¶ 25 Initially, we agree with defendant regarding the proper standard of review in this case. Issues raised addressing the circuit court's statutory authority are subject to de novo review. People v. Alexander, 369 Ill.App.3d 955, 957 (2007). Furthermore, de novo review is appropriate when interpreting a statute. People v. LaPointe, 227 Ill.2d 39, 43 (2007).

Accordingly, we will review this issue de novo.

¶ 26 Section 22-105 of the Code, titled "Frivolous lawsuits filed by prisoners, " provides, in relevant part:

"If a prisoner confined in an Illinois Department of Corrections facility files a pleading, motion, or other filing which purports to be a legal document in a case seeking post-conviction relief under Article 22 of the Code of Criminal Procedure of 1963 *** and the Court makes a specific finding that the pleading, motion, or other filing which purports to be a legal document filed by the prisoner is frivolous, the prisoner is responsible for the full payment of filing fees and actual court costs.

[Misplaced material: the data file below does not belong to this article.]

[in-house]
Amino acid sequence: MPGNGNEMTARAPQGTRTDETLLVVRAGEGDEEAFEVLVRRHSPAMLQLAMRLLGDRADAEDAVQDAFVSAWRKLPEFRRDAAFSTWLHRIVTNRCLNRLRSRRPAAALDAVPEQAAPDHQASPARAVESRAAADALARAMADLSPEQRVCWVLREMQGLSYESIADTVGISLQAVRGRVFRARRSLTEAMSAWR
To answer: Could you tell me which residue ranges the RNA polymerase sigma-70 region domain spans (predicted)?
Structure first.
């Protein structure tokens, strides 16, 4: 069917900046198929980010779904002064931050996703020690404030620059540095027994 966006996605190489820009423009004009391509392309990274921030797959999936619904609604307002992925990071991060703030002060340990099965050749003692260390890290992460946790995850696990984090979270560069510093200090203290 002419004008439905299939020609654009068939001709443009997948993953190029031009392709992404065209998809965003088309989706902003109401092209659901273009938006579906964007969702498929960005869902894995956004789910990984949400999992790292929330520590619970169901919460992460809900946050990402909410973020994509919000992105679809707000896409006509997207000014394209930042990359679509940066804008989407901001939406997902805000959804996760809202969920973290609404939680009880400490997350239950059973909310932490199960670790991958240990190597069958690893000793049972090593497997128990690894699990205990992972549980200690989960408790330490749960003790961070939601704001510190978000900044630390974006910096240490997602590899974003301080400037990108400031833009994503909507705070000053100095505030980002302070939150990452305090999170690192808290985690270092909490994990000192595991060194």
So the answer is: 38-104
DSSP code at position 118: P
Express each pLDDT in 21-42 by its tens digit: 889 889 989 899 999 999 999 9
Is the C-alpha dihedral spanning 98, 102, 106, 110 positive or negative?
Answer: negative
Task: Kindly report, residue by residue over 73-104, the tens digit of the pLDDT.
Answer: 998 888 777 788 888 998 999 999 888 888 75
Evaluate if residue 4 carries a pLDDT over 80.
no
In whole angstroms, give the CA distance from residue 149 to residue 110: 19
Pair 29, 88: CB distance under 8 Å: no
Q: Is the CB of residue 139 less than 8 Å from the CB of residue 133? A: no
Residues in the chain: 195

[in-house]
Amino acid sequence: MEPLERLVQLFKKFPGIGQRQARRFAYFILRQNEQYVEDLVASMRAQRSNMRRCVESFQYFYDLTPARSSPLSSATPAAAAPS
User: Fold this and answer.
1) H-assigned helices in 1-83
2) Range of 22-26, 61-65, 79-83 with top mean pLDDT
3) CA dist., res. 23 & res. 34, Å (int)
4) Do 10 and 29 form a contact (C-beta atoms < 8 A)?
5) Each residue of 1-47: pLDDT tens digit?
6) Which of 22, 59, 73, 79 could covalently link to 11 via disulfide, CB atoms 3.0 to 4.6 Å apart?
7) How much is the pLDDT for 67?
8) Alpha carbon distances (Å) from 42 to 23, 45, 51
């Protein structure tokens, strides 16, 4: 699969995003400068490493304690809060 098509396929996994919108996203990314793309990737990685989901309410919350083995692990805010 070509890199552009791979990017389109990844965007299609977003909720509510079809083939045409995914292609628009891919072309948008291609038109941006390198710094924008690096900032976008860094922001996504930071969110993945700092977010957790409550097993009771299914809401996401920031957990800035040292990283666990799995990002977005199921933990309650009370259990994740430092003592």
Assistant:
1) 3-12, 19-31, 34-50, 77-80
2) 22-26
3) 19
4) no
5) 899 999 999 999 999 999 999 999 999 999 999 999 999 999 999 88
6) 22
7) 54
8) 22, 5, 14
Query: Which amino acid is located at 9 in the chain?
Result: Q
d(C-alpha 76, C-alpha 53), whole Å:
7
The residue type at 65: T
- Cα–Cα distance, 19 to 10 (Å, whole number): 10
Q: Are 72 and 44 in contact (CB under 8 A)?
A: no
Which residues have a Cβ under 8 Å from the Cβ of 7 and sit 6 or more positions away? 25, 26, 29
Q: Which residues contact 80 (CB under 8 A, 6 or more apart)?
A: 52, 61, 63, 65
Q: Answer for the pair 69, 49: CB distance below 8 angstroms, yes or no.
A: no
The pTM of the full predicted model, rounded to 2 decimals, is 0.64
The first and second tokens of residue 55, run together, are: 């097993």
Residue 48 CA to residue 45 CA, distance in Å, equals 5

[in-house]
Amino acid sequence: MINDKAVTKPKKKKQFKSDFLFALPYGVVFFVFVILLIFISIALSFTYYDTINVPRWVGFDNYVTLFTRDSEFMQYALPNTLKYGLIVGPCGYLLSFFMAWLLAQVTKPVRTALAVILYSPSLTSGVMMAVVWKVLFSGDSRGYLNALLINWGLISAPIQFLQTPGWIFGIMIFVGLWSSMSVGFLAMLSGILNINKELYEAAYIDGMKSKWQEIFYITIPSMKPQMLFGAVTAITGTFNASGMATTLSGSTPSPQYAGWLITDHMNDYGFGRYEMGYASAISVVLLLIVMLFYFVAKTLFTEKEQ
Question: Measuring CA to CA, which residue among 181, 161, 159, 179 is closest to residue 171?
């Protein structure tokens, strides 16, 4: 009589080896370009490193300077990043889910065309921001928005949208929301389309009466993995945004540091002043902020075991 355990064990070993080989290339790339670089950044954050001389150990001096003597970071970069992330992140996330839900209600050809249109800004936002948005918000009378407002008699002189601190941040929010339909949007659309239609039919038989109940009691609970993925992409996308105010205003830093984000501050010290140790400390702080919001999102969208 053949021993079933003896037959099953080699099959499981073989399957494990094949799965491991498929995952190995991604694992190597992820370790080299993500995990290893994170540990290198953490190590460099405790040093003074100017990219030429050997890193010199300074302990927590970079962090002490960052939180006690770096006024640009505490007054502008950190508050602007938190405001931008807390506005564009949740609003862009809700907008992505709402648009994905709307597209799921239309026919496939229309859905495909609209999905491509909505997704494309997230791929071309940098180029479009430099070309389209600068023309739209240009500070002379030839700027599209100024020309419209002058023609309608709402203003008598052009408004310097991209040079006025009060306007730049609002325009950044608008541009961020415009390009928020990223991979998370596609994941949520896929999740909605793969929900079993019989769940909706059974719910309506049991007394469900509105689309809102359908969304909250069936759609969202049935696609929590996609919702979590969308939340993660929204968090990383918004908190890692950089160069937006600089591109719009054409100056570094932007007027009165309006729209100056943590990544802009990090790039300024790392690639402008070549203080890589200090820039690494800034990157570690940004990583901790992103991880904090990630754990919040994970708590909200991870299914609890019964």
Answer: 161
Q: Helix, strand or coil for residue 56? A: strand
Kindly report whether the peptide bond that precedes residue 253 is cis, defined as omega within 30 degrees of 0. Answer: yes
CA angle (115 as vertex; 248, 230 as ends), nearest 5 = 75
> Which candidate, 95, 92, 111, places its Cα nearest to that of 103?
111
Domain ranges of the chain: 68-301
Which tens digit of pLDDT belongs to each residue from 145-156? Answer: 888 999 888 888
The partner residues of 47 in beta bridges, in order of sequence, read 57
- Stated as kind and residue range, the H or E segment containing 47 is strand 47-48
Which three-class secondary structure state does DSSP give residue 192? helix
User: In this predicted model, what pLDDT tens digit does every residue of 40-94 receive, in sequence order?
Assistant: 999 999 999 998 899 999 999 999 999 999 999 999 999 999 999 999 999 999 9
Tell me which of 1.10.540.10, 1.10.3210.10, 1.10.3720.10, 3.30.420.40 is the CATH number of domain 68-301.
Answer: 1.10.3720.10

On filing the action or proceeding the court shall assess and, when funds exist, collect as a partial payment of any court costs required by law a first time payment of 50% of the average monthly balance of the prisoner's trust fund account for the past 6 months. Thereafter 50% of all deposits into the prisoner's individual account *** administered by the Illinois Department of Corrections shall be withheld until the actual court costs are collected in full. The Department of Corrections shall forward any moneys withheld to the court of jurisdiction. If a prisoner is released before the full costs are collected, the Department of Corrections shall forward the amount of costs collected through the date of release. The court of jurisdiction is responsible for sending the Department of Corrections a copy of the order mandating the amount of court fees to be paid. Nothing in this Section prohibits an applicant from filing an action or proceeding if the applicant is unable to pay the court costs." (Emphasis added.) 735 ILCS 5/22-105 (West 2010).